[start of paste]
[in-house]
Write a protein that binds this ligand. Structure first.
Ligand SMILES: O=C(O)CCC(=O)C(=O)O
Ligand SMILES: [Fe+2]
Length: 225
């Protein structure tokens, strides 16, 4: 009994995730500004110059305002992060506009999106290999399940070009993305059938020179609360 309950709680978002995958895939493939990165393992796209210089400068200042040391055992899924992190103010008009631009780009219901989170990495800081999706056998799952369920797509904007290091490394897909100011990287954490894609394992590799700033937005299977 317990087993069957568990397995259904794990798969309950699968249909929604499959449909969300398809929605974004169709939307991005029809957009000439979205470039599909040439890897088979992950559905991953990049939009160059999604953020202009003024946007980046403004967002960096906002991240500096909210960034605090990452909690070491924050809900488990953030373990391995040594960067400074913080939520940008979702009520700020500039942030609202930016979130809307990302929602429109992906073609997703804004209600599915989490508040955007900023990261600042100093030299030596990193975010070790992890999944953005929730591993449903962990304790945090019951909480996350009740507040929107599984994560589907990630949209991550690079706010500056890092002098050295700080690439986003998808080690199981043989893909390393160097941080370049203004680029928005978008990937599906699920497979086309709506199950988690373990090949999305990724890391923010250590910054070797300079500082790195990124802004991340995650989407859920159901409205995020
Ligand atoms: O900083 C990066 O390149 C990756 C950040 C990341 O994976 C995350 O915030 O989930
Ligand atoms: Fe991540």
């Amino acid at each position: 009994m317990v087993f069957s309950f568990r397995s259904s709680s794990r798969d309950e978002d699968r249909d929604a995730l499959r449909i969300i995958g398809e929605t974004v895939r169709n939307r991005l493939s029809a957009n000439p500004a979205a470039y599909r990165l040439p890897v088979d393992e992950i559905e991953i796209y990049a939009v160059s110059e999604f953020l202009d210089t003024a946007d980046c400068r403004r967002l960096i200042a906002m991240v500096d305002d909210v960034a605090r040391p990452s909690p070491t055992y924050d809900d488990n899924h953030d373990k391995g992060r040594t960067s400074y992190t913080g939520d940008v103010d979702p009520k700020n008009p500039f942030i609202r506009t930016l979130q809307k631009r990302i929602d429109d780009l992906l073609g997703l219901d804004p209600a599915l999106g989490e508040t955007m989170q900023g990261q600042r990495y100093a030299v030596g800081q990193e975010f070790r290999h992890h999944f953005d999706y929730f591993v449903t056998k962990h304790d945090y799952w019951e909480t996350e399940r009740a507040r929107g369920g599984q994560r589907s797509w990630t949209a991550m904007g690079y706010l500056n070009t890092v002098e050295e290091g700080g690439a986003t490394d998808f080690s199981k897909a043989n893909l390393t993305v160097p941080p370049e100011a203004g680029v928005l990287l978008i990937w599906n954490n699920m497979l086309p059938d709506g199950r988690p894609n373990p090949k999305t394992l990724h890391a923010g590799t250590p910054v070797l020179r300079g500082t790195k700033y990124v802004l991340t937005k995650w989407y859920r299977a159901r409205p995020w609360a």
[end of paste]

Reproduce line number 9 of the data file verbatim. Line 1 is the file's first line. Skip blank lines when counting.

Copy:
């Amino acid at each position: 009994m317990v087993f069957s309950f568990r397995s259904s709680s794990r798969d309950e978002d699968r249909d929604a995730l499959r449909i969300i995958g398809e929605t974004v895939r169709n939307r991005l493939s029809a957009n000439p500004a979205a470039y599909r990165l040439p890897v088979d393992e992950i559905e991953i796209y990049a939009v160059s110059e999604f953020l202009d210089t003024a946007d980046c400068r403004r967002l960096i200042a906002m991240v500096d305002d909210v960034a605090r040391p990452s909690p070491t055992y924050d809900d488990n899924h953030d373990k391995g992060r040594t960067s400074y992190t913080g939520d940008v103010d979702p009520k700020n008009p500039f942030i609202r506009t930016l979130q809307k631009r990302i929602d429109d780009l992906l073609g997703l219901d804004p209600a599915l999106g989490e508040t955007m989170q900023g990261q600042r990495y100093a030299v030596g800081q990193e975010f070790r290999h992890h999944f953005d999706y929730f591993v449903t056998k962990h304790d945090y799952w019951e909480t996350e399940r009740a507040r929107g369920g599984q994560r589907s797509w990630t949209a991550m904007g690079y706010l500056n070009t890092v002098e050295e290091g700080g690439a986003t490394d998808f080690s199981k897909a043989n893909l390393t993305v160097p941080p370049e100011a203004g680029v928005l990287l978008i990937w599906n954490n699920m497979l086309p059938d709506g199950r988690p894609n373990p090949k999305t394992l990724h890391a923010g590799t250590p910054v070797l020179r300079g500082t790195k700033y990124v802004l991340t937005k995650w989407y859920r299977a159901r409205p995020w609360a």